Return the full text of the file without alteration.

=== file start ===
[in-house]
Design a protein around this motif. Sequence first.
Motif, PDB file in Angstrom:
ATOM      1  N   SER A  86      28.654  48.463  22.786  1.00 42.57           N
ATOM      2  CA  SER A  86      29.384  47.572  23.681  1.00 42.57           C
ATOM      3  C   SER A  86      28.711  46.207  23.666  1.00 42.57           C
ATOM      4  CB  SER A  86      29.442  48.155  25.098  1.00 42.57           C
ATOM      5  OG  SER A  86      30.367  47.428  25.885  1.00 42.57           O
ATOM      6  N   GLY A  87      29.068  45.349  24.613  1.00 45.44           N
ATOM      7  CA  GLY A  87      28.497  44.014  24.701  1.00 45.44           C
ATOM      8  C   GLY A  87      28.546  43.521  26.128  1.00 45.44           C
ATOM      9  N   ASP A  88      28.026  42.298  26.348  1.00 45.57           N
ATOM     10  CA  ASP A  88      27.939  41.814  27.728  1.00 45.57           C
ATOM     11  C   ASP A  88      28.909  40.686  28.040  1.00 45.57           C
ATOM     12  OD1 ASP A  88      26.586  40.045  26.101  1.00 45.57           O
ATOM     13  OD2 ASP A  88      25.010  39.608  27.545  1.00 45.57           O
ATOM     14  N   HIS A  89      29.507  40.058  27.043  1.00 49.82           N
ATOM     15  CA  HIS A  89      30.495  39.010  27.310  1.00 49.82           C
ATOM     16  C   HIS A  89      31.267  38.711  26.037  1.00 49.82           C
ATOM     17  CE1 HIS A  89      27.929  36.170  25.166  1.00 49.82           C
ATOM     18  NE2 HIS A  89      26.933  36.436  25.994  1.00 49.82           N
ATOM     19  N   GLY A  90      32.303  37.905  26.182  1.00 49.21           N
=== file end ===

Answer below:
[in-house]
Design a protein around this motif. Sequence first.
Motif, PDB file in Angstrom:
ATOM      1  N   SER A  86      28.654  48.463  22.786  1.00 42.57           N
ATOM      2  CA  SER A  86      29.384  47.572  23.681  1.00 42.57           C
ATOM      3  C   SER A  86      28.711  46.207  23.666  1.00 42.57           C
ATOM      4  CB  SER A  86      29.442  48.155  25.098  1.00 42.57           C
ATOM      5  OG  SER A  86      30.367  47.428  25.885  1.00 42.57           O
ATOM      6  N   GLY A  87      29.068  45.349  24.613  1.00 45.44           N
ATOM      7  CA  GLY A  87      28.497  44.014  24.701  1.00 45.44           C
ATOM      8  C   GLY A  87      28.546  43.521  26.128  1.00 45.44           C
ATOM      9  N   ASP A  88      28.026  42.298  26.348  1.00 45.57           N
ATOM     10  CA  ASP A  88      27.939  41.814  27.728  1.00 45.57           C
ATOM     11  C   ASP A  88      28.909  40.686  28.040  1.00 45.57           C
ATOM     12  OD1 ASP A  88      26.586  40.045  26.101  1.00 45.57           O
ATOM     13  OD2 ASP A  88      25.010  39.608  27.545  1.00 45.57           O
ATOM     14  N   HIS A  89      29.507  40.058  27.043  1.00 49.82           N
ATOM     15  CA  HIS A  89      30.495  39.010  27.310  1.00 49.82           C
ATOM     16  C   HIS A  89      31.267  38.711  26.037  1.00 49.82           C
ATOM     17  CE1 HIS A  89      27.929  36.170  25.166  1.00 49.82           C
ATOM     18  NE2 HIS A  89      26.933  36.436  25.994  1.00 49.82           N
ATOM     19  N   GLY A  90      32.303  37.905  26.182  1.00 49.21           N